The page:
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Nitrogen Factors - Bacon (Europe)

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Posted 23 March 2009 - 10:20 AM

Hi there.

I currently use a nitrogen factor of 3.5 for nitrogen/protein calculations. Does anyone know if there is a standard bacon/gammon nitrogen factor in use for Europe of 3.45? I am not sure of this, but someone has queried this with me for products exported to Europe.

I'd be extremely grateful if anyone has any information as I can't find anything credible on the net.

Thanks in advance.


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Posted 23 March 2009 - 08:53 PM


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Posted 24 March 2009 - 02:41 AM

Dear poppysnoss,

I know nothing about the composition of bacon but are you sure you mean protein ?? The usual N/protein conversion factor is 6.25 although this is an approximation, eg see http://www.fao.org/D...2e/y5022e03.htm

Possibly the table 3 in this reference for "Nitrogen factors" is relevant to yr query although I didn't have the time to try and understand exactly what the objective of the factor was.


A little clarification maybe required :smile:

Rgds / Charles.C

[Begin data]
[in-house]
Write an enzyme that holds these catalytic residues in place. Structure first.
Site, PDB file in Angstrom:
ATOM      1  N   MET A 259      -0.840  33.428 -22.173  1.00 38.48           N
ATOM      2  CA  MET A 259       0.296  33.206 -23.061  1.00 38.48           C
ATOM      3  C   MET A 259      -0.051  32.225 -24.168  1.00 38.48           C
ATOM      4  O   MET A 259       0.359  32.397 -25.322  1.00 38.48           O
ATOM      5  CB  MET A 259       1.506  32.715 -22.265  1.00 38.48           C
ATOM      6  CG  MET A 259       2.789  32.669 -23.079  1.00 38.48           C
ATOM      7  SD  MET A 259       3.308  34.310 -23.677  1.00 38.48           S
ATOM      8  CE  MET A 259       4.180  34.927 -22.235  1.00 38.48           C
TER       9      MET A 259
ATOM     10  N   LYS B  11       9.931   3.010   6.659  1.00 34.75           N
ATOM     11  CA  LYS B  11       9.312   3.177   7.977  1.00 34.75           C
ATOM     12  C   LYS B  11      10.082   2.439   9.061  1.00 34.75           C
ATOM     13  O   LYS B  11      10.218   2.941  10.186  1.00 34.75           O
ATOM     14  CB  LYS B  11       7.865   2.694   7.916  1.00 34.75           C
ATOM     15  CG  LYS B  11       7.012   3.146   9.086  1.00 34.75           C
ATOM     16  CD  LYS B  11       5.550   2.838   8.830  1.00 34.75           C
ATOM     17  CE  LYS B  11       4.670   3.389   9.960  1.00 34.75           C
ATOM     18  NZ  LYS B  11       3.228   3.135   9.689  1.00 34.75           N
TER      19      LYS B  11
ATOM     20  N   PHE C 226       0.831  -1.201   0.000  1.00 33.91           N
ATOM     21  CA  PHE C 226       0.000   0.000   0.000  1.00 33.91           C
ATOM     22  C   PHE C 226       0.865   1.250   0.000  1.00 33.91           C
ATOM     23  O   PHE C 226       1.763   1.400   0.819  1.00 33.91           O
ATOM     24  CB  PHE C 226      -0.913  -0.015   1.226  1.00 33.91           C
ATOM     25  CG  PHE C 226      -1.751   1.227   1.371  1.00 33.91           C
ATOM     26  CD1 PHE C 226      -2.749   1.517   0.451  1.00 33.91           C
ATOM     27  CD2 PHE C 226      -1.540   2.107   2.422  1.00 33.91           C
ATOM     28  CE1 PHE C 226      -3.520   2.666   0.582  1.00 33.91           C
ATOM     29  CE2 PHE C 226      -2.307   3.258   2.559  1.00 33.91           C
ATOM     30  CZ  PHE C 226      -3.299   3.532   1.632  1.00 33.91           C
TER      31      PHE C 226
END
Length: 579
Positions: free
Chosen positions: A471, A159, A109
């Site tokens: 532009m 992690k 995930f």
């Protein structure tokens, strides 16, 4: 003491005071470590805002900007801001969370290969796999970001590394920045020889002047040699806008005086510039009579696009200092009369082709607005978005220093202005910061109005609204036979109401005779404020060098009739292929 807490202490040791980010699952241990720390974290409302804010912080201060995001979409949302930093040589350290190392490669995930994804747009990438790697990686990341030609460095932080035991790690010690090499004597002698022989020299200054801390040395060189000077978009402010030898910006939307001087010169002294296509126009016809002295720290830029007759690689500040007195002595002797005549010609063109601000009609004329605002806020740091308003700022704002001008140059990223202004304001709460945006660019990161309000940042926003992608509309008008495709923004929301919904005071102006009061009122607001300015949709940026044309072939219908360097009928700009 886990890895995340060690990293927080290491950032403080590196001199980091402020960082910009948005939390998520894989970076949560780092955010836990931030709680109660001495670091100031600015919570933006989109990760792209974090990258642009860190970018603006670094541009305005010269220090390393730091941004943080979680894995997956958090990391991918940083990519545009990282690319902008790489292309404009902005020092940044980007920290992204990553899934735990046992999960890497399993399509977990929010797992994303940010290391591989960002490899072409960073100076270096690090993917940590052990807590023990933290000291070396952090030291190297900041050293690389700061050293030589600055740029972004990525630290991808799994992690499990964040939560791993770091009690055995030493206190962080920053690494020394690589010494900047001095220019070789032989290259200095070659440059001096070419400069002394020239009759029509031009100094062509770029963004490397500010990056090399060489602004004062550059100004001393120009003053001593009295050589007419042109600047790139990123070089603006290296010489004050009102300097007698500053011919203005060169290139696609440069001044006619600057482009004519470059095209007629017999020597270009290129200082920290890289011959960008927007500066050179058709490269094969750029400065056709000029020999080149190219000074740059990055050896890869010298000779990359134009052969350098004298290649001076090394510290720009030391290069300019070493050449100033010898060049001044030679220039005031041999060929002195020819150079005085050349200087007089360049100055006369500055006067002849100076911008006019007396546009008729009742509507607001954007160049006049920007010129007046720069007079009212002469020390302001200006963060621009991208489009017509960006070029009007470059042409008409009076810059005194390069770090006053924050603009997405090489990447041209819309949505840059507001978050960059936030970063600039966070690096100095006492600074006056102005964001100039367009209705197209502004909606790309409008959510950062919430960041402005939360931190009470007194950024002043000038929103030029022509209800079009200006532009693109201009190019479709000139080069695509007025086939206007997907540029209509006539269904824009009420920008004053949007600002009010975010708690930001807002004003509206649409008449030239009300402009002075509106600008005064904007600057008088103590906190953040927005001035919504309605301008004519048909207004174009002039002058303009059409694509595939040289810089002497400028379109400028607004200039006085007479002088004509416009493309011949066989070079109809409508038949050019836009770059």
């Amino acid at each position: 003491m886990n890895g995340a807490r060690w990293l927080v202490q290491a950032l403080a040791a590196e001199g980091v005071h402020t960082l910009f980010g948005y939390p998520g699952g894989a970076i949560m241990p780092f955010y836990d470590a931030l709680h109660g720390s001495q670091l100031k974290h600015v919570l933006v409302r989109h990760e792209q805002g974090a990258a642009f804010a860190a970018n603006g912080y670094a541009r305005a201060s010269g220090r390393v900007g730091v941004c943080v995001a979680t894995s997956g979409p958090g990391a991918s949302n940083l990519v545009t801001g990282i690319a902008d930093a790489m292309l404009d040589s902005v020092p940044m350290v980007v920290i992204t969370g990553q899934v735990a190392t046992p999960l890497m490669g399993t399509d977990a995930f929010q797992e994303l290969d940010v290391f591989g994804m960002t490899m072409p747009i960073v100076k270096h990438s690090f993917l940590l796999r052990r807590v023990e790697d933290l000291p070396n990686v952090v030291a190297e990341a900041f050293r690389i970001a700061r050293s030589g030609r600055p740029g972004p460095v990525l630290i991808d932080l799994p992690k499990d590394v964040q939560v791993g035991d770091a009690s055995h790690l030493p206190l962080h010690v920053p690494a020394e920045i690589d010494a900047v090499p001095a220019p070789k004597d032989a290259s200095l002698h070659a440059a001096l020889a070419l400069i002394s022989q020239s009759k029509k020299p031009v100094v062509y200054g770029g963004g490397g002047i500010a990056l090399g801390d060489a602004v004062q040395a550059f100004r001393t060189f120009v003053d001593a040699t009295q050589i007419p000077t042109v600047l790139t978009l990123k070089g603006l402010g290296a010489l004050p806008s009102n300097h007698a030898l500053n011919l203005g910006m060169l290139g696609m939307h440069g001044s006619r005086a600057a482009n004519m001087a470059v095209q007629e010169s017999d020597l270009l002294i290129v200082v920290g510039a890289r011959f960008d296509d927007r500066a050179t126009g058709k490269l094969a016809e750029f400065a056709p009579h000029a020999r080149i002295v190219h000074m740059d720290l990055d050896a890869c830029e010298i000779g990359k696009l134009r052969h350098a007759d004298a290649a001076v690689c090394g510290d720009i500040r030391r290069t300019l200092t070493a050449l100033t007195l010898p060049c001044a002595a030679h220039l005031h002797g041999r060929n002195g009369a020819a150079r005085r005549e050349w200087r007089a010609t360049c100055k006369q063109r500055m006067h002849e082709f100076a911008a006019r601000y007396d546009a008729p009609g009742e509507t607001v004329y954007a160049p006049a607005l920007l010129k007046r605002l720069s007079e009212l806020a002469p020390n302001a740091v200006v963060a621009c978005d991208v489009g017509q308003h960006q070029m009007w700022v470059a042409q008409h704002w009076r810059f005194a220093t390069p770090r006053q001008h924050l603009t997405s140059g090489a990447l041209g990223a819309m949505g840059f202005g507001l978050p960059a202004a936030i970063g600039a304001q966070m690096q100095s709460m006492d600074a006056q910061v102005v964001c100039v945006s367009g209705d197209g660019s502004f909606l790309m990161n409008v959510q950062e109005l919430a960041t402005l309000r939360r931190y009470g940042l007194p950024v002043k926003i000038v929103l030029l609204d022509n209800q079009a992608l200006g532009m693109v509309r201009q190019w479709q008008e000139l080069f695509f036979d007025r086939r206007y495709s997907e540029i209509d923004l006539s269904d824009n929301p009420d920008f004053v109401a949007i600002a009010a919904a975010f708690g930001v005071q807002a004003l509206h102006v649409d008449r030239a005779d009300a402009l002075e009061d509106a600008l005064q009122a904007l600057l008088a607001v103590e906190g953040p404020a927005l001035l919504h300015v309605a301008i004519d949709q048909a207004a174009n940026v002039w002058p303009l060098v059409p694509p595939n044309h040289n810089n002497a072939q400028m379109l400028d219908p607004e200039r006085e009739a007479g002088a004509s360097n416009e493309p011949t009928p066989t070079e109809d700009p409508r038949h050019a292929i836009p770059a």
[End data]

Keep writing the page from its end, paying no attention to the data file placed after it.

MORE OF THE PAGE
added - maybe this is answer -

Where there is a demand for consumer protection it is often necessary to legislate to control the meat content of products that include other food ingredients.

Even if no additives are included meat products can contain variable amounts of lean muscle tissue, fat and connective tissue. A method of assessing the apparent meat content of a raw product is by determination of the total nitrogen content on a fat-free basis and multiplying by an average conversion factor, corrections being applied for the contributions from cereals or other nitrogen-containing ingredients e.g. 3.45 for pork products, 3.55 for beef, 3.7 for chicken (3.9 for breast of chicken and 3.6 for dark meat), 3.45 for ox liver, 3.65 for pig liver (3.55 for liver of unknown origin), 2.7 for kidney, 3.2 for blood and 3.0 for tongue. There are no agreed factors for conversion of nitrogen for cooked, cured or processed meat and the apparent meat content of such products is expressed approximately in terms of "raw meat equivalents" (Egan, Kirk and Sawyer 1981)


Kind Regards,



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